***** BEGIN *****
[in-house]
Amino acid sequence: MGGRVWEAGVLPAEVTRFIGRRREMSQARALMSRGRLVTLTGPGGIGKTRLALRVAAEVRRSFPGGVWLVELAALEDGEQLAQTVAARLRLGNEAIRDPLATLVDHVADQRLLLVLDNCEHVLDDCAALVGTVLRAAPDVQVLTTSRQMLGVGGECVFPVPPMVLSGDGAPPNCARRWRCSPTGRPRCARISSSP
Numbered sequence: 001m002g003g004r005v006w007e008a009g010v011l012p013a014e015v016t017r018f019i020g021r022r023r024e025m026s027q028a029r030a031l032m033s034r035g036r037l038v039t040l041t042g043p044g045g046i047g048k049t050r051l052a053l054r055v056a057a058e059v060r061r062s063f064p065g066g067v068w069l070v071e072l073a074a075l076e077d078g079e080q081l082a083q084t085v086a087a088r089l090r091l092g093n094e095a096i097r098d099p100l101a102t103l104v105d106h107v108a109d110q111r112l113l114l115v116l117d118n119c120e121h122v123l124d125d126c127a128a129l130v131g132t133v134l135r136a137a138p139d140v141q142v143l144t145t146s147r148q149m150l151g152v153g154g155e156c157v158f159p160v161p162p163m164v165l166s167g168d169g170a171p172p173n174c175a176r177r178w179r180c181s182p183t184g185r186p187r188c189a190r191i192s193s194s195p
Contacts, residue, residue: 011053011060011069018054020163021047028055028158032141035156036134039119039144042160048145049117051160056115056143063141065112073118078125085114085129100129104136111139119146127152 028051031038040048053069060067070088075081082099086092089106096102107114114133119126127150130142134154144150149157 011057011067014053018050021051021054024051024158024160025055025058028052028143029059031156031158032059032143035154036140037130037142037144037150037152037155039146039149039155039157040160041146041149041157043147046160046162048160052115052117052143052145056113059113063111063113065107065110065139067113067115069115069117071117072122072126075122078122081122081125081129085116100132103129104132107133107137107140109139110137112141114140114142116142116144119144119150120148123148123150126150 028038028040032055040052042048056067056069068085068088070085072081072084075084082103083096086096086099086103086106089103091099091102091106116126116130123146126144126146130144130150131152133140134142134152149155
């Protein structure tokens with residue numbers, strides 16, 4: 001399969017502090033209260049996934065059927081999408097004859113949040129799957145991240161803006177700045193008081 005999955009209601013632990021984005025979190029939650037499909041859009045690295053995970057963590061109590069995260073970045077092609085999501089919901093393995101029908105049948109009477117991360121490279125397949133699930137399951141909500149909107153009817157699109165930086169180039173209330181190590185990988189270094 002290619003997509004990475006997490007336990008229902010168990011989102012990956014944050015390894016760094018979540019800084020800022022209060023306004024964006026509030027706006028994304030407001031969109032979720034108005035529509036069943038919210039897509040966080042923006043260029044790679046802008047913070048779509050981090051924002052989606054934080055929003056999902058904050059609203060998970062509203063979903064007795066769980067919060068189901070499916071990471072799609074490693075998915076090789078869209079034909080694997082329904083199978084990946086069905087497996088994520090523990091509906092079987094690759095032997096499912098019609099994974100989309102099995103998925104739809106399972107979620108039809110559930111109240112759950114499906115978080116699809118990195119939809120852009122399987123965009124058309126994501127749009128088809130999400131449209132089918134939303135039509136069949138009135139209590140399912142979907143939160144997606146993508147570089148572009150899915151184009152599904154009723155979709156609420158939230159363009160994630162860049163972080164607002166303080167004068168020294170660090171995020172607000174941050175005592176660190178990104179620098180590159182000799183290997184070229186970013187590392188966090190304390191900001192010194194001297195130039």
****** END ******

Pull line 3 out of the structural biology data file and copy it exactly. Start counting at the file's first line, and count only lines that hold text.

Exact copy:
Numbered sequence: 001m002g003g004r005v006w007e008a009g010v011l012p013a014e015v016t017r018f019i020g021r022r023r024e025m026s027q028a029r030a031l032m033s034r035g036r037l038v039t040l041t042g043p044g045g046i047g048k049t050r051l052a053l054r055v056a057a058e059v060r061r062s063f064p065g066g067v068w069l070v071e072l073a074a075l076e077d078g079e080q081l082a083q084t085v086a087a088r089l090r091l092g093n094e095a096i097r098d099p100l101a102t103l104v105d106h107v108a109d110q111r112l113l114l115v116l117d118n119c120e121h122v123l124d125d126c127a128a129l130v131g132t133v134l135r136a137a138p139d140v141q142v143l144t145t146s147r148q149m150l151g152v153g154g155e156c157v158f159p160v161p162p163m164v165l166s167g168d169g170a171p172p173n174c175a176r177r178w179r180c181s182p183t184g185r186p187r188c189a190r191i192s193s194s195p